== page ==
The Crown: Season Three (2019) 


The third season of Netflix's highly successful series changes the entire cast and introduces new figures in ten episodes that range from the moon landing to the disaster in Aberfan.


England ushers in a new labor party Prime Minister, about whom Queen Elizabeth (Olivia Coleman) hears disturbing rumors. There is a Russian spy somewhere close to the throne, and many point to him as the likely culprit. But the true perpetrator is someone she never imagined. While she wrangles politics in Buckingham Palace, her sister Margaret (Helena Bonham-Carter) embarks on an American tour to help promote her husband's new photo book. An official plea from the queen for them to call upon President Johnson  in an effort to charm him into a financial bailout threatens their already rocky marriage.


Elsewhere in the world, an uprising threatens the safety of Prince Philip's mother. Her arrival in England comes at what her son sees as an inopportune time, as Philip (Tobias Menzies) tries to raise public opinion in favor of the royals after a disastrous flub on national television. But their daughter, Princess Anne (Erin Doherty), takes a shine to her opinionated, chain-smoking nun of a grandmother, and comes up with a clever scheme to get them out of hot water. Meanwhile, Prince Charles (Josh O'Connor) finds himself at home in the theatre, but soon must uproot himself and go on a diplomatic study session to Wales.


Political and private disasters abound in the episodes, which each tackle a notable situation in a ten year span of the queen's life. The replacement cast is capable and memorable, although in some instances they struggle to get out from under the earlier' seasons' long shadows... and it does not help that they don't always look like their predecessor. Due to so much emphasis on more recent history, the focus of the series has changed and is in some ways, a little less compelling. Characters such as Winston Churchill filled the screen; this time, I found myself waiting to catch glimpses of Charles and Carmilla, only to feel denied any true development of their attachment. They are a footnote in someone else's story, which doesn't allow either of them to feel fleshed out. But the show does a good job in making me sympathetic toward Charles, who isn't allowed to define his own destiny, assert any of his own opinions, or choose the woman he loves. He mirrors the earlier frustrations of Margaret, also foiled in her relationships, but not with quite as much depth since the series brings him in so late.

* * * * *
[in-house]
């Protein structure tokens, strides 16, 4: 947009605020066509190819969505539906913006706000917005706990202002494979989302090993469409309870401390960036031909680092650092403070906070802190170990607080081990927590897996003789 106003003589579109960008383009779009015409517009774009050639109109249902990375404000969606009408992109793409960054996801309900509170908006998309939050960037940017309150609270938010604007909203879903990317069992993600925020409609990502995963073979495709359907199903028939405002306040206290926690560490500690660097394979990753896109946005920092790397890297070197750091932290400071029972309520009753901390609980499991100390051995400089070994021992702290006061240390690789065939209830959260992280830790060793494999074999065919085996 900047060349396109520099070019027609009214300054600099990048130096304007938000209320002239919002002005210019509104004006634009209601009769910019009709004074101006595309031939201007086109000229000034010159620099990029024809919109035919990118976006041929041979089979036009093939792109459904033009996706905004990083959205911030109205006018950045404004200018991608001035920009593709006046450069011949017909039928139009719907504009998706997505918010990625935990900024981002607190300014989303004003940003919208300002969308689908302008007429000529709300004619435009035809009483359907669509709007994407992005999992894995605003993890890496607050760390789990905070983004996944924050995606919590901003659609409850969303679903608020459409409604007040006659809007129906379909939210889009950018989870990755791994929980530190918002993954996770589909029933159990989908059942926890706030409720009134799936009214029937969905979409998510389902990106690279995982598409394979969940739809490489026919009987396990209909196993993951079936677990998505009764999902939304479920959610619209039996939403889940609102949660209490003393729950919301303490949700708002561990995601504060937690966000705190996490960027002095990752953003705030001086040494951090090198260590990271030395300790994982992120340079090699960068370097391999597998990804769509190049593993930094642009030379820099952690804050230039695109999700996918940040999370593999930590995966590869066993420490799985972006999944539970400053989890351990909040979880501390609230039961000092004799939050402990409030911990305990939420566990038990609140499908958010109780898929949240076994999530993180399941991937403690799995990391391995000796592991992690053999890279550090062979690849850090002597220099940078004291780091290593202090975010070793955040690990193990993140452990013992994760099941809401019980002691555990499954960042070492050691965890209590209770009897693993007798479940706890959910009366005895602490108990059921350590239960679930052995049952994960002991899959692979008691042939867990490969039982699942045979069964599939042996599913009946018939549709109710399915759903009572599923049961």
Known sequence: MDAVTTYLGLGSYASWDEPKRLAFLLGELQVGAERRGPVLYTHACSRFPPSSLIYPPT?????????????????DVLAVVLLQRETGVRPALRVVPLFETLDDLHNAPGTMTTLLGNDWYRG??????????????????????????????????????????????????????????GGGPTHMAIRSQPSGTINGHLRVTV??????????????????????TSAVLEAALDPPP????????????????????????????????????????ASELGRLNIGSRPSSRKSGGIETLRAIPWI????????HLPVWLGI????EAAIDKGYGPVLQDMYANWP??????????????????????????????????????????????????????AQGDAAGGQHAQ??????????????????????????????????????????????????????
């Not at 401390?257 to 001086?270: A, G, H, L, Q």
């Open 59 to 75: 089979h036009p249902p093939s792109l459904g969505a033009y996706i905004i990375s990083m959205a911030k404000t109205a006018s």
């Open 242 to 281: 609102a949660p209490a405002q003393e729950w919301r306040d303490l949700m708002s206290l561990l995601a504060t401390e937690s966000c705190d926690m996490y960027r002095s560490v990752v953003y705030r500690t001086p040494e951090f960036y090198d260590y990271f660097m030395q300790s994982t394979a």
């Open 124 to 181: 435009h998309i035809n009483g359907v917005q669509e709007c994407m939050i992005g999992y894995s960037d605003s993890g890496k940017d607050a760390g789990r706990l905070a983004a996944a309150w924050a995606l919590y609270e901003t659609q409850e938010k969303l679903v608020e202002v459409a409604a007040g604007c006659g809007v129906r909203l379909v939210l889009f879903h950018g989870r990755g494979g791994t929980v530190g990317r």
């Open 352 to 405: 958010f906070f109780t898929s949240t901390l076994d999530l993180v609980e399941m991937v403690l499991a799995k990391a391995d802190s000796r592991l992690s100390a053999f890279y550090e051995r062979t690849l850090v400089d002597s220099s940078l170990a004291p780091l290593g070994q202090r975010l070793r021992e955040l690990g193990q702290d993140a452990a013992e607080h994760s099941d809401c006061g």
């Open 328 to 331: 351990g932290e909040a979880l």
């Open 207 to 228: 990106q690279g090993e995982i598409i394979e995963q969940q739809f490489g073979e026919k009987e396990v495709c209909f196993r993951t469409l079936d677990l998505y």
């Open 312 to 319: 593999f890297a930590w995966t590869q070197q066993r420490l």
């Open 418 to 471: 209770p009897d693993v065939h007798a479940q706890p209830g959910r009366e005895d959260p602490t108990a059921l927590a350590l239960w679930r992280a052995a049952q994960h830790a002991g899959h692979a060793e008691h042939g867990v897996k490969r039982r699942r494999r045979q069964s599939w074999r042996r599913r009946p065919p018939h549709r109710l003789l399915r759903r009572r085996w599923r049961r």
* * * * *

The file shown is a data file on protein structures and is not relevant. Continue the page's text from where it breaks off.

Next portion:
That isn't to say that I didn't enjoy myself. The episodes have many meaningful, touching, and simple moments. They follow the usual quiet, stoic formula, but also delve somewhat into the inner-workings of the main character's emotions. The queen frets that she hasn't enough emotions to do her job well. Philip goes through a midlife crisis. The disaster in Aberfan is both touching and hard to watch, and also an ominous foreshadowing of Elizabeth's dangerous inability to respond promptly to public attention -- something repeated to a devastating degree in the Diana debacle. Truth be told, there's a lot of good here, but it's also one of the duller periods in her life. I expect the next season, with all its impending scandal and the arrival of Margaret Thatcher will be a bit more memorable.


Sexual Content
Margaret and the president trade bawdy limericks, which an uncomfortable Prime Minister repeats to the queen. Various references to "sewing your wild oats" as a man, sexual affairs; an unmarried man and a woman talk about how "good" it was while they get dressed afterward; an unmarried couple shares a room; in the final episode, both partners in a marriage commit adultery (nothing shown more than kissing).
Couple of f-words. Minor profanities. Abuses of Jesus / Christ's name.
A coal bunker breaks and floods a town, slamming into a school and killing the 110 kids inside; we see people pawing through the rubble in search of them, and carrying out bodies. Evidence of domestic disputes (broken chairs, broken glass, etc).

Most of the characters are rude, selfish, and unfeeling, which means it doesn't cast the royal family in a nice light. There are historical inaccuracies.

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